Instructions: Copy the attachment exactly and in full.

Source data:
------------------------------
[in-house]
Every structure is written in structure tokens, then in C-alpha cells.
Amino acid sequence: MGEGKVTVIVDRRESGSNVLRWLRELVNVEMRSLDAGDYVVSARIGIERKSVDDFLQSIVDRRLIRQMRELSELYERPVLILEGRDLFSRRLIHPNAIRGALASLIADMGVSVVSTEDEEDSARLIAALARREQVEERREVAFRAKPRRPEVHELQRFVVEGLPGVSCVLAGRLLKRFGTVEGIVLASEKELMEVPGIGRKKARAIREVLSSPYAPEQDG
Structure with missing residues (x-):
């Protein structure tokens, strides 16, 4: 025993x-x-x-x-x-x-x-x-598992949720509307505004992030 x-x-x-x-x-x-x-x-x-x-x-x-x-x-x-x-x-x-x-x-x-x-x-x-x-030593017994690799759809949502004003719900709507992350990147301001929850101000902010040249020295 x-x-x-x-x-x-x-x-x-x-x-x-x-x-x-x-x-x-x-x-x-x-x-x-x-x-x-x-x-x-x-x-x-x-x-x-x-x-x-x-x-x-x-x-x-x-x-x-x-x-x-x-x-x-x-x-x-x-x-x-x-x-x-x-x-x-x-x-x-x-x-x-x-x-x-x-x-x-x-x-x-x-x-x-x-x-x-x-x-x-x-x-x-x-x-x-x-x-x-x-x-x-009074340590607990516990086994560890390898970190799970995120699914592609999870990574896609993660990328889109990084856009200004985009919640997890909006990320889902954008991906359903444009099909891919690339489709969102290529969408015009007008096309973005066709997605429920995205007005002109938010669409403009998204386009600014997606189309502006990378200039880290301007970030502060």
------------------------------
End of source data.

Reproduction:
[in-house]
Every structure is written in structure tokens, then in C-alpha cells.
Amino acid sequence: MGEGKVTVIVDRRESGSNVLRWLRELVNVEMRSLDAGDYVVSARIGIERKSVDDFLQSIVDRRLIRQMRELSELYERPVLILEGRDLFSRRLIHPNAIRGALASLIADMGVSVVSTEDEEDSARLIAALARREQVEERREVAFRAKPRRPEVHELQRFVVEGLPGVSCVLAGRLLKRFGTVEGIVLASEKELMEVPGIGRKKARAIREVLSSPYAPEQDG
Structure with missing residues (x-):
């Protein structure tokens, strides 16, 4: 025993x-x-x-x-x-x-x-x-598992949720509307505004992030 x-x-x-x-x-x-x-x-x-x-x-x-x-x-x-x-x-x-x-x-x-x-x-x-x-030593017994690799759809949502004003719900709507992350990147301001929850101000902010040249020295 x-x-x-x-x-x-x-x-x-x-x-x-x-x-x-x-x-x-x-x-x-x-x-x-x-x-x-x-x-x-x-x-x-x-x-x-x-x-x-x-x-x-x-x-x-x-x-x-x-x-x-x-x-x-x-x-x-x-x-x-x-x-x-x-x-x-x-x-x-x-x-x-x-x-x-x-x-x-x-x-x-x-x-x-x-x-x-x-x-x-x-x-x-x-x-x-x-x-x-x-x-x-009074340590607990516990086994560890390898970190799970995120699914592609999870990574896609993660990328889109990084856009200004985009919640997890909006990320889902954008991906359903444009099909891919690339489709969102290529969408015009007008096309973005066709997605429920995205007005002109938010669409403009998204386009600014997606189309502006990378200039880290301007970030502060």